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Chemicals and Electricity

I'm doing some work for an old friend of mine.

His situation is interesting. Not too long ago, he lost his job and got divorced, and otherwise his life got pretty screwed up and off-track.

He left the United States, took a job below his old skill level for a while, and then stopped that and started a company. Now he's living an exceptional life, and on the verge of making a lot of money.

I thought that was awesome, and I was quite happy for him. After we'd gotten done going through a lot of numbers, choosing some vendors, designing some systems, and otherwise figuring business out on the phone, we talked personal life. I said, "Man, I'm so happy for you. So much is going right. Congratulations."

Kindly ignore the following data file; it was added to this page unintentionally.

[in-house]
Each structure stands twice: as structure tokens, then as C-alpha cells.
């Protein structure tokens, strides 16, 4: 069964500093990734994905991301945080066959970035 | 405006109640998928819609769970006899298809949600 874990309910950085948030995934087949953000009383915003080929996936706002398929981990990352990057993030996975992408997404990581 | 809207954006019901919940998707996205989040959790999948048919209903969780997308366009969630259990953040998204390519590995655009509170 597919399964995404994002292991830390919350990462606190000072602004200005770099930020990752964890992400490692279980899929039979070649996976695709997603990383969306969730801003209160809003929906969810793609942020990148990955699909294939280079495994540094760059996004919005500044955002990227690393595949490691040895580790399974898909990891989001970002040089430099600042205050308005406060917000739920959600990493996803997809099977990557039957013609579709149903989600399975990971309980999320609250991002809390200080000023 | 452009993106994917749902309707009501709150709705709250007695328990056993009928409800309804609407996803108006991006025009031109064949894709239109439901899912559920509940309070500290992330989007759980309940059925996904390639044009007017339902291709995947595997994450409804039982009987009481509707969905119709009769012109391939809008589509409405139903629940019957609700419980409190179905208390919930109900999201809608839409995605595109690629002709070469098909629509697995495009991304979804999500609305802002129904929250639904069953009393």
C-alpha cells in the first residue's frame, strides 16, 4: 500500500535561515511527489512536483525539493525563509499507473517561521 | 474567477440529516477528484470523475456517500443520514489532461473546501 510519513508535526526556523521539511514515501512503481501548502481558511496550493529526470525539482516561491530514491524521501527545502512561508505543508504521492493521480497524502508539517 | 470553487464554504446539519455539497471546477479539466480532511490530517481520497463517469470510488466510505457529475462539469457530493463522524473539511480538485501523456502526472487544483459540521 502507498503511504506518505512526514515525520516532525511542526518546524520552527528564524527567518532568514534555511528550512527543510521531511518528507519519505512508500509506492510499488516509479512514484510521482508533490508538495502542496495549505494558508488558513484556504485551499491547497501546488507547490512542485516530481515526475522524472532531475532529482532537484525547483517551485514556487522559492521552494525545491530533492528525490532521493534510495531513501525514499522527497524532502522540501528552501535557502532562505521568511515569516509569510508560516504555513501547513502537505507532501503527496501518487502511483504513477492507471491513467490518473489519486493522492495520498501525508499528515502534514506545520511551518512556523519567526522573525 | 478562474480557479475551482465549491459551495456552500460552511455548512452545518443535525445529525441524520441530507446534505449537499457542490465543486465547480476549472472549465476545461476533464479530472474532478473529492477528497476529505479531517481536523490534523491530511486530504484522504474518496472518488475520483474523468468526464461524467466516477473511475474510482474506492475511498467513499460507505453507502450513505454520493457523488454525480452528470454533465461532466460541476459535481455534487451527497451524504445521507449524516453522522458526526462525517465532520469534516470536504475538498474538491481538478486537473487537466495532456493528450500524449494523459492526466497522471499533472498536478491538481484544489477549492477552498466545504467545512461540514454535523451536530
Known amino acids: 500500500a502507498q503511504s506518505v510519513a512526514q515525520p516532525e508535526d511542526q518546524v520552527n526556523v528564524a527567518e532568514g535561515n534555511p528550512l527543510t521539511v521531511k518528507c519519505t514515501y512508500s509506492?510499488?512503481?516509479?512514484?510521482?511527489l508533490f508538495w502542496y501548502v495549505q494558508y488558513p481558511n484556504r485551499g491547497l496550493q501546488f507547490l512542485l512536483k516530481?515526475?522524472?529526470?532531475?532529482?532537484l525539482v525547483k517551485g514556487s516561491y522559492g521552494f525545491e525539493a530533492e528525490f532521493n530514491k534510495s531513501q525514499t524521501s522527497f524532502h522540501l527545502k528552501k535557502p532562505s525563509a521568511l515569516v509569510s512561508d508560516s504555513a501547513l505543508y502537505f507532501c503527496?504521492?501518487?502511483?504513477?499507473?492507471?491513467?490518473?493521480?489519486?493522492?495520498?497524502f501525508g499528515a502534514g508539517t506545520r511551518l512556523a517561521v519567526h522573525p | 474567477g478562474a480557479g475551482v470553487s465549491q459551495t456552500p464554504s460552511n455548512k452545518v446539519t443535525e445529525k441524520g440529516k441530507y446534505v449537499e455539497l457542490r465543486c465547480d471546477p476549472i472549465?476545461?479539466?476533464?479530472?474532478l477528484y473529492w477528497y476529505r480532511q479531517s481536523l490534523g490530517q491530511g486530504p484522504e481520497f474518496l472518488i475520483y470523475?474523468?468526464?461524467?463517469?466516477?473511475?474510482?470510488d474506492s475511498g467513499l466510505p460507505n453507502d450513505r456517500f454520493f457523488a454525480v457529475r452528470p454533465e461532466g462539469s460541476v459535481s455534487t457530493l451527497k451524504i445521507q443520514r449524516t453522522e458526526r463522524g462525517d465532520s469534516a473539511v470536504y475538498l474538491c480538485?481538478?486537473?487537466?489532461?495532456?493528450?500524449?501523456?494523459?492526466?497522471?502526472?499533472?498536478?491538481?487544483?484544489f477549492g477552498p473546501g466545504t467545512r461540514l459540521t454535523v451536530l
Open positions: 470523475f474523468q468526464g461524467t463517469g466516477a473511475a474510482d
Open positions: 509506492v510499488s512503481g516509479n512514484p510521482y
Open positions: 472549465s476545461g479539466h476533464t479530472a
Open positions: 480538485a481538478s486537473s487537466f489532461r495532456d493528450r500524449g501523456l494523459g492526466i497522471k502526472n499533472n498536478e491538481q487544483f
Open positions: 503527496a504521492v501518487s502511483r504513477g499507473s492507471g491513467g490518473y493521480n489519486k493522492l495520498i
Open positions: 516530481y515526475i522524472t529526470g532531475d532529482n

He wasn't excited. He was a little worried.

The Iron Temple

The body is called a temple? It's said sometimes, but it's not correct for everyone.

For whatever reason, children with highly developed analytical and intellectual skills in the West usually don't gravitate towards more physical, strenuous, and intense activities. There's exceptions -- plenty -- but generally speaking, people who have extreme analytical mental ability tend to neglect their physical ability.

But then the body, a supposed temple, becomes a prison for the mind, dragging its possessor down into low energy, poor moods, and various aches and ailments and pains.

No, the body isn't a temple. The real temple is a place you like to engage in activities to be active and move and have your blood move and activate your muscles and get into motion.

And to succeed at that, especially if you're very analytical, you need to get your mind involved. Whether that be a competitive sport, or a set of exercises that you work towards constant form, or whether it's a game of increasing strength of flexibility or performance... regardless of the particular details, engaging the mind and body together becomes crucial for keeping your mind free and alive.

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